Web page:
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Recent research has shown that children often learn what to believe by attending to the claims of other people. Similarly, they often learn how to act by attending to the actions of other people. Moreover, in each of these two domains, children are selective in their learning – they prefer to endorse and to emulate individuals who, as representatives of the surrounding culture, can serve as good models. I argue that this type of selective social learning also plays a major role in children’s emotional development. Although young children may encounter some situations that have a universal biological significance – for example a steep cliff or a sudden loud noise – the emotional implications of many encounters, especially with artefacts, people and foods, are likely to vary from one culture to another. Children can learn to perceive these encounters through the distinctive emotional lens of their own culture if they attend to and adopt the expressive appraisals of individuals who are representative of their culture. Such appraisals may be conveyed non-verbally, as in the classic social-referencing paradigm, but they can also be conveyed verbally.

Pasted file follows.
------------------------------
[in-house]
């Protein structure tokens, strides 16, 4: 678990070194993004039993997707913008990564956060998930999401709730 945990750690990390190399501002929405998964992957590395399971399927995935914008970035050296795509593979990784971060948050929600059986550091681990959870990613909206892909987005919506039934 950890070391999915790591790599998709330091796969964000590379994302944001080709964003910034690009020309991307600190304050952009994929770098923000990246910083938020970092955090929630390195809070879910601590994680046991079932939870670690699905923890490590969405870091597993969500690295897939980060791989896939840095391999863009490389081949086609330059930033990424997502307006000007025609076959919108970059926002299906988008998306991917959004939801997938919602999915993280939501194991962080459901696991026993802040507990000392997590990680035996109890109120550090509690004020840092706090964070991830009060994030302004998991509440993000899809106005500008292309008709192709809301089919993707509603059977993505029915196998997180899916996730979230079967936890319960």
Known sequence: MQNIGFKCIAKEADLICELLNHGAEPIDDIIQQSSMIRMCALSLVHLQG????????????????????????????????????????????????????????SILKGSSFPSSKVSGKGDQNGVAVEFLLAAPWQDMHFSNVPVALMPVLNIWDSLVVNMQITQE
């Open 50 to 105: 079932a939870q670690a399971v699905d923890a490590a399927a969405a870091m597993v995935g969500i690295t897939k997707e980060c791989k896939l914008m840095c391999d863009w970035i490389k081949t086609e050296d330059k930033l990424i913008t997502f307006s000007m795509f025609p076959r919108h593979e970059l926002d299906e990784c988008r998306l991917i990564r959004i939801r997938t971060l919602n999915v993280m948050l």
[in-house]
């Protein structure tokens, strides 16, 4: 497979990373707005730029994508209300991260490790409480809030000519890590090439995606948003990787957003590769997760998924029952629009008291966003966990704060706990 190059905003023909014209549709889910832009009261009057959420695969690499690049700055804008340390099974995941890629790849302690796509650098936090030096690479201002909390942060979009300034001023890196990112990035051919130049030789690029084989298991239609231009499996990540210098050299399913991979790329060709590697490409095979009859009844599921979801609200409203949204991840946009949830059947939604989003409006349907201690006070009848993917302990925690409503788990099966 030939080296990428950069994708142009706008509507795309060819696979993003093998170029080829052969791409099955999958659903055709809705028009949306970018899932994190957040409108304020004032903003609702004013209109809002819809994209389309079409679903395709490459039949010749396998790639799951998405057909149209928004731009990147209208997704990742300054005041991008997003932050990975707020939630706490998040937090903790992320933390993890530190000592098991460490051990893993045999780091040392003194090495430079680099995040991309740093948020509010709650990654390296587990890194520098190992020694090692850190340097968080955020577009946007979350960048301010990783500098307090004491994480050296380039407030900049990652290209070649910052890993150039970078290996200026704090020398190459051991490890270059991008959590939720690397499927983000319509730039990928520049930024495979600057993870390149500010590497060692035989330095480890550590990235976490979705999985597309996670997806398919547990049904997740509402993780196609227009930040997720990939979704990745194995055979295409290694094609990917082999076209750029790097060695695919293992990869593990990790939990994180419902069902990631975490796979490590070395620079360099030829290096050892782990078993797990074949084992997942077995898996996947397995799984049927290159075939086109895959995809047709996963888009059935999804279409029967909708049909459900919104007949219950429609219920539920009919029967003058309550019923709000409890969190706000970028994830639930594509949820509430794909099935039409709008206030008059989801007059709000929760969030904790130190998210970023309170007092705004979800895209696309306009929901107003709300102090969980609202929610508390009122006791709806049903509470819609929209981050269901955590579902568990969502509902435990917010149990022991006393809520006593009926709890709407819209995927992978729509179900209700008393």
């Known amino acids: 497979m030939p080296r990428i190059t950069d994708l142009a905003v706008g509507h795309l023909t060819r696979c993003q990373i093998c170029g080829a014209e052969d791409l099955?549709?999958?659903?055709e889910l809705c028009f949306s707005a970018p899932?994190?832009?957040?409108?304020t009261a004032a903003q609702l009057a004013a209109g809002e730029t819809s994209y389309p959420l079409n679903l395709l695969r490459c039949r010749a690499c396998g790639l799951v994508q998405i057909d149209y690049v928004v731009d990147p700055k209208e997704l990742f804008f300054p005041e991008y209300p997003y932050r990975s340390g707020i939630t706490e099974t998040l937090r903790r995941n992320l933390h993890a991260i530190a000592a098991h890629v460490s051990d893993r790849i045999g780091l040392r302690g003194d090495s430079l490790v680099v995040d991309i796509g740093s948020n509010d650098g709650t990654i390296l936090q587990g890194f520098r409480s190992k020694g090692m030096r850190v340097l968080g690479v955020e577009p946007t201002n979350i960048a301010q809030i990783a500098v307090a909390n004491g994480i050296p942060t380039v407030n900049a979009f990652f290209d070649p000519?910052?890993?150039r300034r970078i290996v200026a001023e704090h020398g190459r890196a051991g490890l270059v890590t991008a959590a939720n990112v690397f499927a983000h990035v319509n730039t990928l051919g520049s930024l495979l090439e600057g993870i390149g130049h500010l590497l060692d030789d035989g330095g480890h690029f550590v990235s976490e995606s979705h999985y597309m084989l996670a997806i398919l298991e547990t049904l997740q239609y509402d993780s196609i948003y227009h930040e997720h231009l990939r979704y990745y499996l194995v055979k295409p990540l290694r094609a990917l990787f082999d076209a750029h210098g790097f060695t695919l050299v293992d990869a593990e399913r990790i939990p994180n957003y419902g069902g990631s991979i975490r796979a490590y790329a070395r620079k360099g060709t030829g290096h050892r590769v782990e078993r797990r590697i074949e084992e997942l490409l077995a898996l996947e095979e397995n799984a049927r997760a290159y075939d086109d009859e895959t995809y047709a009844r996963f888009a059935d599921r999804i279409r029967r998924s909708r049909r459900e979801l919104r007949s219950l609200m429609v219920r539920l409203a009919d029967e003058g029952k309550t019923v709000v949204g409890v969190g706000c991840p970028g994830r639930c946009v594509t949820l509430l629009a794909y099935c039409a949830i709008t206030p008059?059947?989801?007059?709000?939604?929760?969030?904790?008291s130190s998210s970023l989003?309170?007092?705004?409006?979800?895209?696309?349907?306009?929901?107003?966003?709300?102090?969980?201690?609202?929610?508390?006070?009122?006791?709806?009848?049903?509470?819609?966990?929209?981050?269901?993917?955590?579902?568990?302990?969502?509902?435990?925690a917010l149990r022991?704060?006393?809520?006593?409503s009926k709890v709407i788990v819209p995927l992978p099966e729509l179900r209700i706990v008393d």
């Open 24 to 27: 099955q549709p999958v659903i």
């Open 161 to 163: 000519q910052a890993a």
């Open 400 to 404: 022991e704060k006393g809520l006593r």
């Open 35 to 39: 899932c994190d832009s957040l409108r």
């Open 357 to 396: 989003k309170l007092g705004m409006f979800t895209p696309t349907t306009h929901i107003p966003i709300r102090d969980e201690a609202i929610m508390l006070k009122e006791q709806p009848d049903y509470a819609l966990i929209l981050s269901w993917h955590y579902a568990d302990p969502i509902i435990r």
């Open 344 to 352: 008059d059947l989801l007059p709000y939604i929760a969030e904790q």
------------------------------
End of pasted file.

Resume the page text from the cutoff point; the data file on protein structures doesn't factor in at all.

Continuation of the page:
An increase in “unusual” news with negative sentiment predicts an increase in stock market volatility. Unusual positive news forecasts lower volatility. Our analysis is based on over 360,000 articles on 50 large financial companies, published during the period of 1996–2014. Unusualness interacted with sentiment forecasts company-specific and aggregate volatility several months ahead. Furthermore, unusual news is reflected more slowly in aggregate volatility than company-specific volatility. News measures from articles explicitly about the “market,” which are more easily accessible to investors, do not forecast volatility. The observed responses of volatility to news may be explained by attention constraints on investors.
After the Civil War, northern Methodists undertook a successful mission to recruit a biracial membership in the South. Their Freedmen's Aid Society played a key role in outreach to African Americans, but when the denomination decided to use Society funds in aid of schools for Southern whites, a national controversy erupted over the refusal of Chattanooga University to admit African Americans. Caught between a principled commitment to racial brotherhood and the pressures of expediency to accommodate a growing white supremacist commitment to segregation, Methodists engaged in an agonized and heated debate over whether schools intended for whites should be allowed to exclude blacks. Divisions within the leadership of the Methodist Episcopal Church caught the attention of the national press and revealed the limits of even the most well-intentioned efforts to advance racial equality in the years after Reconstruction.